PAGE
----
In his book, The Divided Mind, John Sarno describes the case of a young engineer who was suffering from severe back and leg pain for over eight months. He had tried conventional treatments, but to no avail. His MRI showed a herniated disk for which he had been advised surgery. Hoping to avoid this, he came to Dr. Sarno, a pioneer in treating mind-body disorders.

On the day of his appointment, his leg pain was especially severe. During the consultation, he described how his job, in which he supervised four people, was very stressful and burdensome. Then, as the conversation continued, he suddenly realized something and said, “I don’t want that job of mine. It’s too hard and there’s too much responsibility. I want a job where someone will tell me what to do.” And as this revelation flashed in his mind, his severe leg pain simply disappeared.

If this anecdote about the healing power of the mind seems incredible, you can find other similar, albeit less dramatic stories when you read the numerous online reviews for the books mentioned later. Many people have cured their refractory chronic pain of decades by simply reading a book!

Mind Over Body
There is little doubt that our mind affects our body in myriad ways. We blush when we are embarrassed, our blood pressure increases when we visit a doctor’s office, and our heart races when we are frightened. In these examples, the association between the psychological cause and the physiological effect is easy to see because both are acute (short-lived). However, when certain negative emotions such as anger or anxiety become chronic, they often lead to physiological effects or disorders that are also chronic. This makes it harder to determine the root cause of such disorders.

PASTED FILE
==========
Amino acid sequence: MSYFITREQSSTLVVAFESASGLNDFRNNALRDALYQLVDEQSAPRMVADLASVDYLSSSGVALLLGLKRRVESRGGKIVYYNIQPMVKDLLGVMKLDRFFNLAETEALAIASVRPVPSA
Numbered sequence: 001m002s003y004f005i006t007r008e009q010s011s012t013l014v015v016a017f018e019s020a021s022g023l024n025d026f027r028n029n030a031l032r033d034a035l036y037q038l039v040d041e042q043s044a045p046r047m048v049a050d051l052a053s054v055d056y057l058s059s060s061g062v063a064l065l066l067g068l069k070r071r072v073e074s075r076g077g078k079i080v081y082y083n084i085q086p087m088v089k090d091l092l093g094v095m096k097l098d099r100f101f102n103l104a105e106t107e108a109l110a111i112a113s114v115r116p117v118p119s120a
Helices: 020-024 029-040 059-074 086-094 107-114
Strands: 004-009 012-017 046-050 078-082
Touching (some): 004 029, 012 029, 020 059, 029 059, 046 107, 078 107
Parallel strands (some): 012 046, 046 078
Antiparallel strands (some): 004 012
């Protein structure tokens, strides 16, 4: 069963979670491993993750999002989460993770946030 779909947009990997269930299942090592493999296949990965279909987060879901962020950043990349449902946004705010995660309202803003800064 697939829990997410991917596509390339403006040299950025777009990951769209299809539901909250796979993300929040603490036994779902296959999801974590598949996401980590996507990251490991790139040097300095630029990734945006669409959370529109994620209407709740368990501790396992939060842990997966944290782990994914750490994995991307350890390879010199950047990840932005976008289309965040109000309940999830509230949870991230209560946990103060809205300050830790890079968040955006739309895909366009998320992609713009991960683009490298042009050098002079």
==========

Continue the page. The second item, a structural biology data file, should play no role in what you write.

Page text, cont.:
Examples of such chronic or recurrent disorders include musculoskeletal disorders such as back pain, neck and shoulder pain, sciatica, carpal tunnel syndrome, as well as other disorders like migraine headaches. Although these disorders may be simply referred to as psychosomatic disorders or mind-body disorders, they are also known by a more distinctive name: Tension Myositis (or myoneural) Syndrome or TMS.

Psychological Origins of TMS
Many people experience negative emotions, such as anger, anxiety, fear, or guilt in their lives. These emotions may arise from a traumatic episode in the past, or from a current situation such as a difficult boss, family conflict, or serious health issue. Such emotions are often short-lived, but when they become chronic, they become unbearable. Moreover, open venting of such emotions may be socially unacceptable. Consequently, they get buried or repressed in the subconscious recesses of the mind where they start producing TMS symptoms such as chronic muscle pain.

According to Sarno, a key purpose of these TMS symptoms is to create a physical distraction for the mind to keep it focused away from the repressed emotions. Thus if you relieve a specific symptom of TMS, such as shoulder pain with drugs or surgery, without addressing its root cause (repressed emotions), the pain will move to another part of the body. This is called the “symptom imperative,” and ensures that physical pain is always present to distract the mind away from repressed emotions.

An alternative theory by Dr. Scott Brady posits that the continual stresses and negative emotions in our modern life overload our autonomic (involuntary) nervous system (ANS) which was designed to handle such stresses (requiring a fight-or-flight response) for short periods only. The perpetual overloading of ANS leads to what Brady calls the “autonomic overload syndrome (AOS).” Both TMS and AOS have similar symptoms and treatment options.

Physiology of TMS